By Chris Chavez
May 28, 2023
LOS ANGELES – Two-time Olympic champion Ryan Crouser broke his own world record in the shot put at the Los Angeles Grand Prix. He nearly ran out of space to throw as he launched the shot 23.56 meters, surpassing his previous record of 23.37 meters set during the U.S. Olympic Trials in June 2021.
Here’s what else you need to know:
– This was the best day of Crouser’s career. He threw 23.56 meters, 23.31, and 23.23 on the day at UCLA’s Drake Stadium. With his latest performance, he now possesses the top four throws ever recorded in the sport, while his 23.23-meter throw ties for the fifth-best in history.
– In February, Crouser started experimenting with a new technique called “The Crouser Slide.” The move is far from perfect but his showing in Los Angeles was a major development.
– With the perfect throw using his technique, Crouser believes that a mark in the 23.70 range could happen. He also believes that 24 meters is “humanly possible.”
What he said:
“In Round 1, I let it go and thought, ‘Oh, that’s decent. A little wide. I was off-balance. We can fix a few things.’ And then when it went over 23m, I thought, ‘Oh! I can throw a PR today.’ Anytime you miss a throw at 23 meters in an early round, you have to fight the intrusive thoughts telling you to go in and blast it…I had to fight the thought to really smash it and focus on the technique. I’m happy with how I corrected and continue to improve. Overall, that was my best series by far. I’m really, really happy – not just with the world record but a consistent series early in the season like that.”
On the moment it came off his hands:
“I knew it was good. I don’t have that refined feeling of throwing hard quite yet. At Trials, before I even let that one go, I knew it was good. Today, I’m still working on that proprioception of really feeling those far throws out. I let it go and thought, ‘Oh! That’s better! I didn’t know if it was going to be 23.20 or 24 meters. I knew it was good. It’s a BIG PR. I’m excited about how I can continue to develop that high-intensity throw so that I know right away when they’re good. I’m lacking high-intensity throws right now.”
How far can the perfect throw with the Crouser Slide go?
“I think 23-high for sure is possible. You have those outlier throws. Simplot was a prime example where going in I thought 22.50 or 22.70 would be a really good throw. 23.38 came out of nowhere and surprised myself. That was 70 centimeters farther than I was expecting to throw. You always have to chase those. So if I’m in 23.70 shape and have a 70-centimeter surprise then that would be a great one. I think 23.70 is very possible and a conservative estimate. I think 24 is humanly possible. At that point, you’re kind of playing with magic and hoping to catch lightning in a bottle is probably the best way to say it. I think it’s possible but a tough thing to put your thumb on and guarantee that it’s going to happen.”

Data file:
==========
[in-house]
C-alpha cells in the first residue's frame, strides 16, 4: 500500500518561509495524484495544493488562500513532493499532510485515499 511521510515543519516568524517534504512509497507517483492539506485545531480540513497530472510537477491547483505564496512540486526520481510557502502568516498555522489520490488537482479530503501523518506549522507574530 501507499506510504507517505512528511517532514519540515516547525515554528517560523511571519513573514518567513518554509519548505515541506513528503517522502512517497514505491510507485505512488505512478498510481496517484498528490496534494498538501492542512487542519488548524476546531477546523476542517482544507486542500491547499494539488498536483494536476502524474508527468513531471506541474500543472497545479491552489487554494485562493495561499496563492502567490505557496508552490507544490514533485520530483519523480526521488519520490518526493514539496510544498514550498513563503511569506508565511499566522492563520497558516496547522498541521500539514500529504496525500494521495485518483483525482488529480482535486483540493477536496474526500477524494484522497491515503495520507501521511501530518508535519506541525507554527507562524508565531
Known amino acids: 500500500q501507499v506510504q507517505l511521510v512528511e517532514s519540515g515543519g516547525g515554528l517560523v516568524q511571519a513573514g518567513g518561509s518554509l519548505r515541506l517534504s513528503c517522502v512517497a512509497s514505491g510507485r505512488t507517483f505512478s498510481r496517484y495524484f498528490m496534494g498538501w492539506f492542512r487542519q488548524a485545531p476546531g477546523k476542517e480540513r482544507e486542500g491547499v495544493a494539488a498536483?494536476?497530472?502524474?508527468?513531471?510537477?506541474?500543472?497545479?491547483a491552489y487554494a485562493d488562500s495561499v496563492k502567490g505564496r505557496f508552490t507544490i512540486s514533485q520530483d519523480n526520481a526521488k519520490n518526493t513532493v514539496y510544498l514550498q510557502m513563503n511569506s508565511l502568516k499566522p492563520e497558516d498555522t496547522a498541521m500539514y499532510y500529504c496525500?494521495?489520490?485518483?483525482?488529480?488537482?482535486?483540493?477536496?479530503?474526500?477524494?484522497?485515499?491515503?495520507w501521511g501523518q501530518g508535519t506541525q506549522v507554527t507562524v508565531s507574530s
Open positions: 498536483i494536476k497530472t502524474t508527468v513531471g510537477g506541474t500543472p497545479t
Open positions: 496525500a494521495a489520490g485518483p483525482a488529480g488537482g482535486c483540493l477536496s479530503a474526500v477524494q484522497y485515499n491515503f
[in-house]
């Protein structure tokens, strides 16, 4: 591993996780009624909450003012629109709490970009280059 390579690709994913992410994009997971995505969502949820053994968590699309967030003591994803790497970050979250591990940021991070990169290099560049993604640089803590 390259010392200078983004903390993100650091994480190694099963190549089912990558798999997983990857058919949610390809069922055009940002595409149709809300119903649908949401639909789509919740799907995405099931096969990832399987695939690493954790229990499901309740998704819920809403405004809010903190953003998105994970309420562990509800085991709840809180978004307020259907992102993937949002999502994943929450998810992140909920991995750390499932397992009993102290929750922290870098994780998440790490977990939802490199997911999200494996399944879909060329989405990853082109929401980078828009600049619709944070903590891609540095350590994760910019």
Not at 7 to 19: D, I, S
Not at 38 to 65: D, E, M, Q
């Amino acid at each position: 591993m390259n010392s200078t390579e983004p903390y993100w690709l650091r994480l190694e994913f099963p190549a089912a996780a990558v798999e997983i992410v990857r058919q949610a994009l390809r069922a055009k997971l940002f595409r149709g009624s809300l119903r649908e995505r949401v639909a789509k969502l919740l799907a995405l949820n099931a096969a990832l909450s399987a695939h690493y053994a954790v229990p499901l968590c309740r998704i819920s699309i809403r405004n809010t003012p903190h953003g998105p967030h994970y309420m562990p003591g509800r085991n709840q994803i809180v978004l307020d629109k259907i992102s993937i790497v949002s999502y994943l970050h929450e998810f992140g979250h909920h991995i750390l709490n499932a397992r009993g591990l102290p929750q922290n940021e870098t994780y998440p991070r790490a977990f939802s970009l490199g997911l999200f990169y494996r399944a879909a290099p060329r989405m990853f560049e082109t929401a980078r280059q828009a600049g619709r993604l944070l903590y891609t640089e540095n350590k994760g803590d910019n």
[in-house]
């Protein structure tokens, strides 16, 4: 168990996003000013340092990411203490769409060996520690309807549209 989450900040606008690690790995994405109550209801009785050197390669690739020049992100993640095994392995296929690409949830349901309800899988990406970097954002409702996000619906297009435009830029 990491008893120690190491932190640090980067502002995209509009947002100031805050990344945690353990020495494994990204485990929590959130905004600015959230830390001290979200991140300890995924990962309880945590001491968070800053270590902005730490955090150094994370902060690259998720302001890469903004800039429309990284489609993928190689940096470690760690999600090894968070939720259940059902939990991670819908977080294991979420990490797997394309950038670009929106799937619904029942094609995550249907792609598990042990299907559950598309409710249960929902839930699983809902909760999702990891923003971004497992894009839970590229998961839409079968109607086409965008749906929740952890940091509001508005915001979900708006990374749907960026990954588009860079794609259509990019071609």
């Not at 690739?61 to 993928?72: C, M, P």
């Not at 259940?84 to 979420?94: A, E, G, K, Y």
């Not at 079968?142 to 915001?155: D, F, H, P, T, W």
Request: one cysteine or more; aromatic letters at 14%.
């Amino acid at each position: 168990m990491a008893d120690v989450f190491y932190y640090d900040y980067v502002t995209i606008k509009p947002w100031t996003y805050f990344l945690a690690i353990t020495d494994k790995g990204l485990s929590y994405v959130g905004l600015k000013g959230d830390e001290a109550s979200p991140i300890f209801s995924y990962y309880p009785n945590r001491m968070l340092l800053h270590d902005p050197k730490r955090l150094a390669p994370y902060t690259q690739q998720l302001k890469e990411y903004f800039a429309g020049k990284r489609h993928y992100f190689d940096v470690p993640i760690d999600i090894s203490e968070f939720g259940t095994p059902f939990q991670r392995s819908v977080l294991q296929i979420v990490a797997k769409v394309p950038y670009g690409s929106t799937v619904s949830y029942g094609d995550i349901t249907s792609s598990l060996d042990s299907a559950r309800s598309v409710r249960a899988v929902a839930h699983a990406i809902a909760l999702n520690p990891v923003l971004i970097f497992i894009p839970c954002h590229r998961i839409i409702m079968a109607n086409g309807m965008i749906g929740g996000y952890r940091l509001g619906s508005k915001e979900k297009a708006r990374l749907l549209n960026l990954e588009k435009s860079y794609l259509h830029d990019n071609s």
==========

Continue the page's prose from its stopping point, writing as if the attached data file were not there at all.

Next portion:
From The Lap Count Newsletter:
Does everyone appreciate how cool this is? Ryan Crouser, the self-coached best-shot putter ever, leveraged his engineering background to invent a new technique to throw even farther! Crouser beat the old game and then changed how it’s played.
Rather than starting at the very back of the ring, Ryan begins his sequence just off to the side, and “Crouser slides” himself to the back for added momentum. It will likely become the Fosbury flop of the 21st century.
The mark would have been a home run had Crouser managed to throw it just a bit farther than the 23.56m that he did – the wall was only 24 meters from the ring. The architects didn’t build a big enough cage for a monster like this, one who unironically says that he hasn’t even started speedwork yet.
Crouser’s previous world record of 23.37m was actually bettered by himself indoors at the Simplot Games. However, that mark of 23.38m was never ratified – the ground he launched it from did not pass regulations. I wouldn’t dare take this one away from him.
Chris Chavez launched CITIUS MAG in 2016 as a passion project while working full-time for Sports Illustrated. He covered the 2016 Olympics in Rio de Janeiro and grew his humble blog into a multi-pronged media company. He completed all six World Marathon Majors and is an aspiring sub-five-minute miler.